That looks…painful

With the Vanguard Action Squad acquiring their target and throwing our main cast into various levels of sadness and hospitalisation, a decent chunk of time is spent dealing with the realistic repercussions of an assault on a high-school. It’s namely panic, if you were curious…panic and outrage. Though the Quirks may make us forget, our group of focus are a bunch of children, children whose parents are very worried about them. And despite the constant interference of no-name characters threatening to hinder or harm the ones we care about, I can’t entirely fault their reasoning. I don’t necessarily agree with the belief that recent events undo the public’s  faith in All Might, but that doesn’t make it untrue. Hell, the real world flip-flops between love and hatred often enough, why not the fictional one too? Still, I can’t say I dislike the simplicity of Kirishima’s response to this whole event. Somebody took his friend, now he aims to take him back. It’s doubtful that any attempt at executing such a belief will be equally as simple, but the sentiment is nice nonetheless.

Where everybody knows your name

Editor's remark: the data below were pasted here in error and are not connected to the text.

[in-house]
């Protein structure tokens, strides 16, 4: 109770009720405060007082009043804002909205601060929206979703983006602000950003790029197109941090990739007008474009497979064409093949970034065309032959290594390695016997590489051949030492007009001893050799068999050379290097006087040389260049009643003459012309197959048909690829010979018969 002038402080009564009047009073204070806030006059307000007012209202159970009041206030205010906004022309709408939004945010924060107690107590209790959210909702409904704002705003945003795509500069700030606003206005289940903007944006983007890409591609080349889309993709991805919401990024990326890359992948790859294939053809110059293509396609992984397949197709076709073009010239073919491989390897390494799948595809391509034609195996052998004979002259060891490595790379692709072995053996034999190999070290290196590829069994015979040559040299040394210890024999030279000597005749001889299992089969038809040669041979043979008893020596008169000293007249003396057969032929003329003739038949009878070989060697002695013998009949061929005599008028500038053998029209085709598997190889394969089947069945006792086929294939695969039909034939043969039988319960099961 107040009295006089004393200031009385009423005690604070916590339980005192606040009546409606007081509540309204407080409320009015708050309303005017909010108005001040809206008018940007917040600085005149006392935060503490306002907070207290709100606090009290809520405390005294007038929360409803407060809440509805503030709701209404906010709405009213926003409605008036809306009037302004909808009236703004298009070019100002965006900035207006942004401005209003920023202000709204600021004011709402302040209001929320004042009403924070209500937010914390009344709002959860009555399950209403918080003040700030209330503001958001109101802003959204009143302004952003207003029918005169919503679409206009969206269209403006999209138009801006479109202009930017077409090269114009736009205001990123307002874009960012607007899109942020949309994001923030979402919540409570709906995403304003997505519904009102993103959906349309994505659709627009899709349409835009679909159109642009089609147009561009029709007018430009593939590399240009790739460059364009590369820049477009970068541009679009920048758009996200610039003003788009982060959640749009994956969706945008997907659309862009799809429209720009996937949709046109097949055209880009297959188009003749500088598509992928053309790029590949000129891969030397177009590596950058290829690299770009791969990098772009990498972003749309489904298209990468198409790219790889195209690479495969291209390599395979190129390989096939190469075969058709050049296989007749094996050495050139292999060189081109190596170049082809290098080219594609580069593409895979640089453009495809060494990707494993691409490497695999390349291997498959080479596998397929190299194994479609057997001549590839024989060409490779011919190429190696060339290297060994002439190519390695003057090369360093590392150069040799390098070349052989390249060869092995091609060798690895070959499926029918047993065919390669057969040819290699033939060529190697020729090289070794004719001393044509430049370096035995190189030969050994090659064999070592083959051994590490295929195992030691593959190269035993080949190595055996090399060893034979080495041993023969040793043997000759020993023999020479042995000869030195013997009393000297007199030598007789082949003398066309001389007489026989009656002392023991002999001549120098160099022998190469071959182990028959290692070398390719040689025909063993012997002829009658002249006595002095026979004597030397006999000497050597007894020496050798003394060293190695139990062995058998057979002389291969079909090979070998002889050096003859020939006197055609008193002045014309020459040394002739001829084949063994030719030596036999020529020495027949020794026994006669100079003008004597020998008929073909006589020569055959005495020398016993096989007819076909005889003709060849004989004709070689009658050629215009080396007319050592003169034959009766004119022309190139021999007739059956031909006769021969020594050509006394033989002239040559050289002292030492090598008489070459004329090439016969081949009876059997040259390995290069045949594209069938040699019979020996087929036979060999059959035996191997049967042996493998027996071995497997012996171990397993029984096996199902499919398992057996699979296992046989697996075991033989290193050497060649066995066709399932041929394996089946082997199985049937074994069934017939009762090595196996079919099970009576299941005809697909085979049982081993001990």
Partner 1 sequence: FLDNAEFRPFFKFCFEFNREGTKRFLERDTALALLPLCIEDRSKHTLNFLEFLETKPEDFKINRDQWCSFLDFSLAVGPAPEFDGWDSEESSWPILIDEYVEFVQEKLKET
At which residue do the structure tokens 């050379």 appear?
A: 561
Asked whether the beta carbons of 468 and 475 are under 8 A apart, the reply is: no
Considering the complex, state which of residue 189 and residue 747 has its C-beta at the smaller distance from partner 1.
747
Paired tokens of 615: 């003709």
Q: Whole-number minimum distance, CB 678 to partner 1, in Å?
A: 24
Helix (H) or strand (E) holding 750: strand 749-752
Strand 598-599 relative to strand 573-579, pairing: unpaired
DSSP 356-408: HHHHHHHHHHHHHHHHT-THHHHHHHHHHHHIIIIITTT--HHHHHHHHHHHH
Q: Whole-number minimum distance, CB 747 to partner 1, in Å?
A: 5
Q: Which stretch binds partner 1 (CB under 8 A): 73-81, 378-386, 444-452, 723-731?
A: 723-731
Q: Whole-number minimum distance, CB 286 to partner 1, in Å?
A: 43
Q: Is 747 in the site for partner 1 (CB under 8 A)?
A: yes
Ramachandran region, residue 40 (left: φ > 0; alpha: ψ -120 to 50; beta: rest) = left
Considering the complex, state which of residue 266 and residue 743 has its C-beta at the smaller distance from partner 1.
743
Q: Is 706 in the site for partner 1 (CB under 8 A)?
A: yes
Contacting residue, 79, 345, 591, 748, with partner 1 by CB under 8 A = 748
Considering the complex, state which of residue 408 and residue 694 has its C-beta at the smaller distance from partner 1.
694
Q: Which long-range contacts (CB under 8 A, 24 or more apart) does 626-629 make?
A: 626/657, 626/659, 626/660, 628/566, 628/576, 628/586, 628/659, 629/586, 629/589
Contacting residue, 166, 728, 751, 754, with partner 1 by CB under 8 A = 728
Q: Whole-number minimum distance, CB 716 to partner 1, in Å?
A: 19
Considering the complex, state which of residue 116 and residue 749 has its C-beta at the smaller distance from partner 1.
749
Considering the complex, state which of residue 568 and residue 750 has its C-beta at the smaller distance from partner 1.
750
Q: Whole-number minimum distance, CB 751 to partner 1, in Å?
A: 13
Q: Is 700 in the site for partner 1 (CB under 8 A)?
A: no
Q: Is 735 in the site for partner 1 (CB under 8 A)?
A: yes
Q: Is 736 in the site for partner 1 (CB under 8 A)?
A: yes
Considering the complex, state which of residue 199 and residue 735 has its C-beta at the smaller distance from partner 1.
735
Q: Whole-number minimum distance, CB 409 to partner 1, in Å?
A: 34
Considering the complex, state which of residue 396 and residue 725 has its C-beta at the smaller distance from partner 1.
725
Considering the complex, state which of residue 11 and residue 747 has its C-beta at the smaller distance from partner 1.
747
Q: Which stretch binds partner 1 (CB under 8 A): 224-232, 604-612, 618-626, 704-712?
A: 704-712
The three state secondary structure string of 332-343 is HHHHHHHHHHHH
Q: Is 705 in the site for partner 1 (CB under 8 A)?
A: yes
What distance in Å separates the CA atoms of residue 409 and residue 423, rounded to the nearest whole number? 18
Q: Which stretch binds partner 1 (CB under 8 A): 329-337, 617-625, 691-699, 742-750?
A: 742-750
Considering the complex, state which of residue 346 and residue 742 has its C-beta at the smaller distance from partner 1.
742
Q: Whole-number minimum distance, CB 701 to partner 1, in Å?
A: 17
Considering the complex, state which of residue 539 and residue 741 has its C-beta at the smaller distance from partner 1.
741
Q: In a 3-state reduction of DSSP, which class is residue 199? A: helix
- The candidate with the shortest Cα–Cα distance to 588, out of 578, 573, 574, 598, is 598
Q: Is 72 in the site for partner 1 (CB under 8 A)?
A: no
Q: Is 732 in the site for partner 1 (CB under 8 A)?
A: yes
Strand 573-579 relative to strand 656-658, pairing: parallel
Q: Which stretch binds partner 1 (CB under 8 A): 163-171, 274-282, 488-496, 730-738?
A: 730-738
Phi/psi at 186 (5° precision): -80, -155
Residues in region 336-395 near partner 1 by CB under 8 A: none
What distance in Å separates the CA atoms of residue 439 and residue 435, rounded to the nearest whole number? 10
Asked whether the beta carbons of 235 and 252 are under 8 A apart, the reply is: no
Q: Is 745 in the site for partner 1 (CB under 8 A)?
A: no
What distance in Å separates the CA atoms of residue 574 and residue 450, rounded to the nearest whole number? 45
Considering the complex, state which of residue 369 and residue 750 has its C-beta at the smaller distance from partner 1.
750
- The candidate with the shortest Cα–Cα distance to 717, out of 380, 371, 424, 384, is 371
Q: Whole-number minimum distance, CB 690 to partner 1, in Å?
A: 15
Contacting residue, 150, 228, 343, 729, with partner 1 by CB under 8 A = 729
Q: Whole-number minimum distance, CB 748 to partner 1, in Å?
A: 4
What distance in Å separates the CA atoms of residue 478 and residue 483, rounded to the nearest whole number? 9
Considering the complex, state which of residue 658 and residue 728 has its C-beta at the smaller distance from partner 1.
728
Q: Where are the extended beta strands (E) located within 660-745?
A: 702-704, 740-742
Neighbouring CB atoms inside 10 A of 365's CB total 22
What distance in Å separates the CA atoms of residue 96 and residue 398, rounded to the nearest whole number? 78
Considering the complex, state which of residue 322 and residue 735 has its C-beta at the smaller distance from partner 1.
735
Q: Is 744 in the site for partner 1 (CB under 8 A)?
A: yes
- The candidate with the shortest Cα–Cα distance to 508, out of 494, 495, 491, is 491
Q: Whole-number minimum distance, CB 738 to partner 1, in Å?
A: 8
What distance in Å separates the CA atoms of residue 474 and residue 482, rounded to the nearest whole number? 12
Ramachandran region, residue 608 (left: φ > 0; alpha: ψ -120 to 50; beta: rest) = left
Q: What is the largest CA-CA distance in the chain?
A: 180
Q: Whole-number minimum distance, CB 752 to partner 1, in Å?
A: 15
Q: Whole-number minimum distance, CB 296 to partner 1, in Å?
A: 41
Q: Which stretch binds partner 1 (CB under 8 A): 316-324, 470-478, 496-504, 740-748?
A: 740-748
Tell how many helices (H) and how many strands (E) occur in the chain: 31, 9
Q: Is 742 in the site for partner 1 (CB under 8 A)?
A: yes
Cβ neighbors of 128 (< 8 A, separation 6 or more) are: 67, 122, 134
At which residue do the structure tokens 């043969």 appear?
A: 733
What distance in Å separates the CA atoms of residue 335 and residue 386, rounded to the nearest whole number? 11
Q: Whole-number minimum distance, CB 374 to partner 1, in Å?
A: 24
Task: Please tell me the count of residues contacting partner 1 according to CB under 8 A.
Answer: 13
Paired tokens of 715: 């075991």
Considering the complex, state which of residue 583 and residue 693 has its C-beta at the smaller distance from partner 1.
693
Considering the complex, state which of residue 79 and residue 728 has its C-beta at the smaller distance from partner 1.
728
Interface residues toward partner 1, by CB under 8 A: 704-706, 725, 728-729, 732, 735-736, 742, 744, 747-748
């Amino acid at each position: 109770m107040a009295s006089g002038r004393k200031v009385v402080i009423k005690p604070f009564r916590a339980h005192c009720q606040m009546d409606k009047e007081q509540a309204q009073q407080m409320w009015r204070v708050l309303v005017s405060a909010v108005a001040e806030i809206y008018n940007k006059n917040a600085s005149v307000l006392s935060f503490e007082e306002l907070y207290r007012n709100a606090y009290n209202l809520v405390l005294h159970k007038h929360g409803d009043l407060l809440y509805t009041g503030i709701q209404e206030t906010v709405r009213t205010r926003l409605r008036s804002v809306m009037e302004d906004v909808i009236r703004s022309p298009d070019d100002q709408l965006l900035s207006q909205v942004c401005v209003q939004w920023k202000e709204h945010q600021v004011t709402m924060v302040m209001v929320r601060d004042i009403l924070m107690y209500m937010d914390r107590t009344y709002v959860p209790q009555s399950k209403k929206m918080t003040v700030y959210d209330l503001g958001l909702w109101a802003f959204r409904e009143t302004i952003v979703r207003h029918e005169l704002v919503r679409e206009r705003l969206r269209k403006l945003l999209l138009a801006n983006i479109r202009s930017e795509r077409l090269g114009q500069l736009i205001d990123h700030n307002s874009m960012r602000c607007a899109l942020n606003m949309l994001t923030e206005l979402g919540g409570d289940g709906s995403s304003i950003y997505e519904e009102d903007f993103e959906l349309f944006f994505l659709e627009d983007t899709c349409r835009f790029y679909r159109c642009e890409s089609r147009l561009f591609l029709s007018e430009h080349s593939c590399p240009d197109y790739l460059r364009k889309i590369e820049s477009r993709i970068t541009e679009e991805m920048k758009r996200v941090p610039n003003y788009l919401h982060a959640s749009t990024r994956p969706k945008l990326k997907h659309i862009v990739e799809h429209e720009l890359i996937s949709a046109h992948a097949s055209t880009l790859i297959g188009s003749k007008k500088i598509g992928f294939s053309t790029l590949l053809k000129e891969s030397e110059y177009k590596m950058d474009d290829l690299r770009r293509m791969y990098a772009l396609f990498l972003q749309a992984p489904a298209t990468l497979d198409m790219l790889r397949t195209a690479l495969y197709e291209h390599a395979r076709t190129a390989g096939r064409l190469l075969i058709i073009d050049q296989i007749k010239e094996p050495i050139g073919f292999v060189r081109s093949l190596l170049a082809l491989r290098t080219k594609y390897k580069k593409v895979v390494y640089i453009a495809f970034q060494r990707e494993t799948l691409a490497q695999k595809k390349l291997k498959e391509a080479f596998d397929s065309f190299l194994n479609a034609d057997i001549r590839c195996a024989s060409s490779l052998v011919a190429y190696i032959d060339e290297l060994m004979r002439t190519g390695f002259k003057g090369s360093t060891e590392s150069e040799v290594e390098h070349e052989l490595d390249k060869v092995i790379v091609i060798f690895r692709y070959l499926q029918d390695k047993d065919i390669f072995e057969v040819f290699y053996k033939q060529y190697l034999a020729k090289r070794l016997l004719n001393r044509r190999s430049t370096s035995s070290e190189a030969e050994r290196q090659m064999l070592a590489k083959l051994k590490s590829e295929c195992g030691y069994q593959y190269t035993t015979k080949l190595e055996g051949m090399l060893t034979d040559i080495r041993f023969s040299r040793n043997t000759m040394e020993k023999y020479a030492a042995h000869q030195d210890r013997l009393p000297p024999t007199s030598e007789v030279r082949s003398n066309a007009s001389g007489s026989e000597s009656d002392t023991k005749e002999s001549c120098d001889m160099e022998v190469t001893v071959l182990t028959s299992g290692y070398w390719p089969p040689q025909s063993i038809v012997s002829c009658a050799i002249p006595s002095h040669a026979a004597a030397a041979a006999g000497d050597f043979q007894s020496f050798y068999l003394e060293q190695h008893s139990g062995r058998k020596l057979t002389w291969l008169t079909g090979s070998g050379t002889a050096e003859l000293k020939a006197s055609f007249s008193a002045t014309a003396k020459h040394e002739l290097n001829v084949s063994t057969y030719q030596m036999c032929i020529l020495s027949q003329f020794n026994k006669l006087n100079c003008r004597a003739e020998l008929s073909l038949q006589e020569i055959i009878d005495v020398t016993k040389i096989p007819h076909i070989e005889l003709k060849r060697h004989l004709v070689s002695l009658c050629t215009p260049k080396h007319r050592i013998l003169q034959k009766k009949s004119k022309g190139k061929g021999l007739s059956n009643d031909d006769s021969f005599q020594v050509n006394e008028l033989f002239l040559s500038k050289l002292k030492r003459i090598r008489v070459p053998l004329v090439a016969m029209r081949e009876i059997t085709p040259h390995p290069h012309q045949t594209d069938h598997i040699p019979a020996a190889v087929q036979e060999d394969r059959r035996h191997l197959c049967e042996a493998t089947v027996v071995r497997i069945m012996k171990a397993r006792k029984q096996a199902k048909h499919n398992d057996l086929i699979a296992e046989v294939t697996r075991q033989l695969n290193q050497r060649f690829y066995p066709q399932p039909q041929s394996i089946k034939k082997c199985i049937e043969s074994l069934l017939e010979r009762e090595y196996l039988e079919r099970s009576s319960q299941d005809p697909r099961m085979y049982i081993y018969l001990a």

Let’s face it, this episode…was something. A large part of me wants to focus on how terrible I feel that the villains won and stole away with Lord Explosion Murder, while the other part is interested in seeing where this unfortunate turn of events takes our heroes-in-training. Similarly interesting is the fact that the League of Villains is continuing to grow and improve as time goes by. Even without Shigaraki present, his gaggle of ne’er-do-wells proved quite a dangerous threat and sewed more chaos than we’ve seen in a long time. Playing angel’s advocate, they also specifically attacked a group of under-prepared teenagers and released poison gas into a forest…which they also set fire to. Although, Pixie Bob took a horrendous blow and Ragdoll is missing, so the Vanguards have some bite to their bark. I just don’t know anymore. Are the League of Villains a real threat, or are they simply opportunistic jerks who pick on people far from their own size? Does it matter either way? Is UA still a viable home for heroism, or has it been left too exposed? Should the children of the world be trained to use their Quirks, or is society too reliant on them? So many questions, it’s like somebody is trying to undermine society’s confidence and force them to lose faith in everything they beli-oh now I get it.